virtues." That explains why sentient beings are called "direct causes'' of
Buddha-nature. While the mind of sentient beings is true in essence, it comes to assume a
false aspect due to the permeation of ignorance, and so needs the practising of the six
paaramitaas to recover its original purity. So the six paaramitaas are called the
"auxiliary causes." The six paaramitaas are called "auxiliary,"
because they do not create but only "reveal" the nature of enlightenment which
Besides the thesis of the two types of
causes of Buddha-nature, the analysis of the Buddha-nature in the MNS into "cause,''
"cause vis-a-vis cause,'' "effect," "effect vis-a-vis effect,"
and "neither cause nor effect" also receives considerable attention from
Good sons! The Buddha-nature has [the
aspects of] cause, cause vis-a-vis cause, effect, and effect vis-a-vis effect. The cause
is the twelve fold chain of dependent origination, the cause vis-a-vis cause is wisdom,
the effect is the most perfect enlightenment, and the effect vis-a-vis effect is the
supreme nirvaa.na....As for to be "neither cause nor effect", it is what is
known as the Buddha-nature.(33)
Hui-yuan again resorts to the idea of the
true-mind in explaining why the twelve fold chain of dependent origination (Buddha-nature
qua "cause") can be described as the "cause" of the supreme nirvaa.na
(Buddha-nature qua "effect vis-a-vis effect"): [The realm of] dependent
origination is formed of [both aspects of] the true and the false. Viewed from [the aspect
of] the false, it is the creation of the false mind. Being illusory and empty, it[can]not
be called Buddha-nature. Viewed from [the aspect of] the true, it is totally the product
of the true mind.... Since it is formed from the true[-mind], the complete disclosure of
its real substance is known as nirvaa.na. So [the realm of dependent origination] can be
taken as the cause [of nirvaa.na]. And as the cause [of nirvaa.na], it can be called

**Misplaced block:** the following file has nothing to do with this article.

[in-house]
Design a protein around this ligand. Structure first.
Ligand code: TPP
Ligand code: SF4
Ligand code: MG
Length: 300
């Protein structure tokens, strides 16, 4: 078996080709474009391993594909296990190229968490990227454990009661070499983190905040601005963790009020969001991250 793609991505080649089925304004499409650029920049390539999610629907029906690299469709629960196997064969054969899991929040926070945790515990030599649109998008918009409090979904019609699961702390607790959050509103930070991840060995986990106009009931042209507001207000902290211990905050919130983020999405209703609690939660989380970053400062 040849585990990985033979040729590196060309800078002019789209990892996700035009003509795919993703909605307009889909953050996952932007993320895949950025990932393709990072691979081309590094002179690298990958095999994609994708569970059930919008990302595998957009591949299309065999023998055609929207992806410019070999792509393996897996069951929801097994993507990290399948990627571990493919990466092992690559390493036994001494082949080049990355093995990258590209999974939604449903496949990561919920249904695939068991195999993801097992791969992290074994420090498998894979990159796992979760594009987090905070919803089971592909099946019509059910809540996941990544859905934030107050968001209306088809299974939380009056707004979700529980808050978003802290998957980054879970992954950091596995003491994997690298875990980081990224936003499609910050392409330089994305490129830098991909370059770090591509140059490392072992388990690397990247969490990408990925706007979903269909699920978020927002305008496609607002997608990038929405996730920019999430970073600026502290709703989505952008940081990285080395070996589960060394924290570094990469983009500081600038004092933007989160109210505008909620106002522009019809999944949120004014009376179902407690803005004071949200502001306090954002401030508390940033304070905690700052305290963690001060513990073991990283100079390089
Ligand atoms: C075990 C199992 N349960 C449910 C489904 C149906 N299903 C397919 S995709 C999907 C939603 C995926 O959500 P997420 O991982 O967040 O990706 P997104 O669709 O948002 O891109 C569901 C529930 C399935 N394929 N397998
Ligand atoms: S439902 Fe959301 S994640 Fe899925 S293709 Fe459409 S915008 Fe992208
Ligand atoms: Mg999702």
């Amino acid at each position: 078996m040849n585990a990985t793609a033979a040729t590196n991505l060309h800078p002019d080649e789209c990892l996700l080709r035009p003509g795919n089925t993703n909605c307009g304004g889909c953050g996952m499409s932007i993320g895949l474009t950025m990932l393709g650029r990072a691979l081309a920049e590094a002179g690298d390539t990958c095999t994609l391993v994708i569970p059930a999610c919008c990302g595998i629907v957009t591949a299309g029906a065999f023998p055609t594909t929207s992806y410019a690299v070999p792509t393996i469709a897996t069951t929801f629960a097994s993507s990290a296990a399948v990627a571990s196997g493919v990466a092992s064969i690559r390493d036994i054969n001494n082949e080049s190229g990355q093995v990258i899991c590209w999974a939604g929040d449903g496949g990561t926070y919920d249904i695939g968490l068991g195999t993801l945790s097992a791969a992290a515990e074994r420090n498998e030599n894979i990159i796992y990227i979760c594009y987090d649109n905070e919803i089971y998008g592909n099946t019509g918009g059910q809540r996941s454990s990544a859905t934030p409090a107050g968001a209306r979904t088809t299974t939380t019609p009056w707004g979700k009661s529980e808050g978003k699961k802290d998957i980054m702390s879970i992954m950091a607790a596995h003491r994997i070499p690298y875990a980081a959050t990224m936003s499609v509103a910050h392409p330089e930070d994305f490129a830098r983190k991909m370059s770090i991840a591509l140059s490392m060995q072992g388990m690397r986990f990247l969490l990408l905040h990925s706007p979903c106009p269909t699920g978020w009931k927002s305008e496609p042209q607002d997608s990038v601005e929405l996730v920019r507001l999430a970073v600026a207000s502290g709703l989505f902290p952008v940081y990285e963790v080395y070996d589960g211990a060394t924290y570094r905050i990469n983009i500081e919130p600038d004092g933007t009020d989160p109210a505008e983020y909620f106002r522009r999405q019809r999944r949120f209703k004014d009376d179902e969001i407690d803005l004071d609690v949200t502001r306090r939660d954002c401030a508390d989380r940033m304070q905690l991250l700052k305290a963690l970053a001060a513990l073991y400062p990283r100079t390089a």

Since the mind of sentient beings
comprises the double aspect of the true and the false, the sa.msaaric realm of dependent
origination, which is regarded in Yogaacaara Buddhism as formation of the mind,(35) also
shares the same feature. On the on hand, the realm of dependent origination is false, for
it stems directly from the activities of the false aspect of the mind, and is in nature
"illusory and empty." On the other hand, the realm of dependent origination is
true, for the false aspect of the mind from which it originates arises in turn dependent
origination has as true aspect, and so ultimately speaking, the realm of dependent
origination has as its "real substance" the true aspect of the mind, that is, in
the true-mind. In Hui-yuan's opinion, when the MNS calls the twelve fold chain of
dependent origination the "Buddha-nature qua cause" and gives as its
"effect" and "effect vis-a-vis effect" the most perfect enlightenment
and nirvaa.na, it has in view this "true-mind" which is its "real
Buddha-Nature and the Phenomenal World Our
discussions thus far have shown that the term "Buddha-nature" is employed by
Hui-yuan not only to indicate the nature of the Buddha per se as in the MNS, but also to
denote this nature in its capacity as the true essence of man, that is, as the
intrinsically pure mind.(36) If we remember that in the Yogaacaara teaching of Hui-yuan
the intrinsically pure mind is given as the origin of the phenomenal world as well as the
ontological basis of enlightenment, (37) it would not be g to find Hui-yuan telling us
that the Buddha-nature is the cause of both sa.msaara and nirvaa.na,(38) and that all
forms of existence, be they soiled or unsoiled, are the creations of the
"Buddha-nature as the true-mind" (fo-hsing chen-hsin(l)).(39)
The idea that the Buddha-nature as the
true-mind is the source of the false phenomenal order is clearly brought out in Hui-yuan's
division of Buddha-nature into the three aspects of "substance",